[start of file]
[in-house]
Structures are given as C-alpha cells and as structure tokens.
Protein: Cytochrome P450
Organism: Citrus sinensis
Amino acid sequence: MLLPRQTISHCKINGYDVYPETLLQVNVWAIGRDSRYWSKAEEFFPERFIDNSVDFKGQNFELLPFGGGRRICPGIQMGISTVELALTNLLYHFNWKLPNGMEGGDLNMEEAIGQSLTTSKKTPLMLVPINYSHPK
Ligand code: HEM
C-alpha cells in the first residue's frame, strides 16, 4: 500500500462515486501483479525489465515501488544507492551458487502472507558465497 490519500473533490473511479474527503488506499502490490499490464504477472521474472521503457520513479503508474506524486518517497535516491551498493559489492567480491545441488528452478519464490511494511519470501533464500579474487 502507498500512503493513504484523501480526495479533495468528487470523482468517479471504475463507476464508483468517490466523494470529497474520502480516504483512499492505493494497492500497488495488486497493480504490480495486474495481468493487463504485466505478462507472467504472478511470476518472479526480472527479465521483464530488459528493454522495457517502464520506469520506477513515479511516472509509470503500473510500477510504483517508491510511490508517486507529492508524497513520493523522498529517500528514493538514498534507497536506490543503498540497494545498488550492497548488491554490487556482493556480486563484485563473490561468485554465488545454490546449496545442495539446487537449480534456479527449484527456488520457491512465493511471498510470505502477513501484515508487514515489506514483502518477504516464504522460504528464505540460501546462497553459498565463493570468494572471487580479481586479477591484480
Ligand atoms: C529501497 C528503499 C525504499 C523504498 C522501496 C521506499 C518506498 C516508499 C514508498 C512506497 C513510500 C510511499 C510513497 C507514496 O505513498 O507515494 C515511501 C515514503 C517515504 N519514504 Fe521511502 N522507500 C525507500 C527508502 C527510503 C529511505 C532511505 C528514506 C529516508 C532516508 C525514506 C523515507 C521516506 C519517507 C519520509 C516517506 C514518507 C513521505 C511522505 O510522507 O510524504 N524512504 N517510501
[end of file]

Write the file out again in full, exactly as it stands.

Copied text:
[in-house]
Structures are given as C-alpha cells and as structure tokens.
Protein: Cytochrome P450
Organism: Citrus sinensis
Amino acid sequence: MLLPRQTISHCKINGYDVYPETLLQVNVWAIGRDSRYWSKAEEFFPERFIDNSVDFKGQNFELLPFGGGRRICPGIQMGISTVELALTNLLYHFNWKLPNGMEGGDLNMEEAIGQSLTTSKKTPLMLVPINYSHPK
Ligand code: HEM
C-alpha cells in the first residue's frame, strides 16, 4: 500500500462515486501483479525489465515501488544507492551458487502472507558465497 490519500473533490473511479474527503488506499502490490499490464504477472521474472521503457520513479503508474506524486518517497535516491551498493559489492567480491545441488528452478519464490511494511519470501533464500579474487 502507498500512503493513504484523501480526495479533495468528487470523482468517479471504475463507476464508483468517490466523494470529497474520502480516504483512499492505493494497492500497488495488486497493480504490480495486474495481468493487463504485466505478462507472467504472478511470476518472479526480472527479465521483464530488459528493454522495457517502464520506469520506477513515479511516472509509470503500473510500477510504483517508491510511490508517486507529492508524497513520493523522498529517500528514493538514498534507497536506490543503498540497494545498488550492497548488491554490487556482493556480486563484485563473490561468485554465488545454490546449496545442495539446487537449480534456479527449484527456488520457491512465493511471498510470505502477513501484515508487514515489506514483502518477504516464504522460504528464505540460501546462497553459498565463493570468494572471487580479481586479477591484480
Ligand atoms: C529501497 C528503499 C525504499 C523504498 C522501496 C521506499 C518506498 C516508499 C514508498 C512506497 C513510500 C510511499 C510513497 C507514496 O505513498 O507515494 C515511501 C515514503 C517515504 N519514504 Fe521511502 N522507500 C525507500 C527508502 C527510503 C529511505 C532511505 C528514506 C529516508 C532516508 C525514506 C523515507 C521516506 C519517507 C519520509 C516517506 C514518507 C513521505 C511522505 O510522507 O510524504 N524512504 N517510501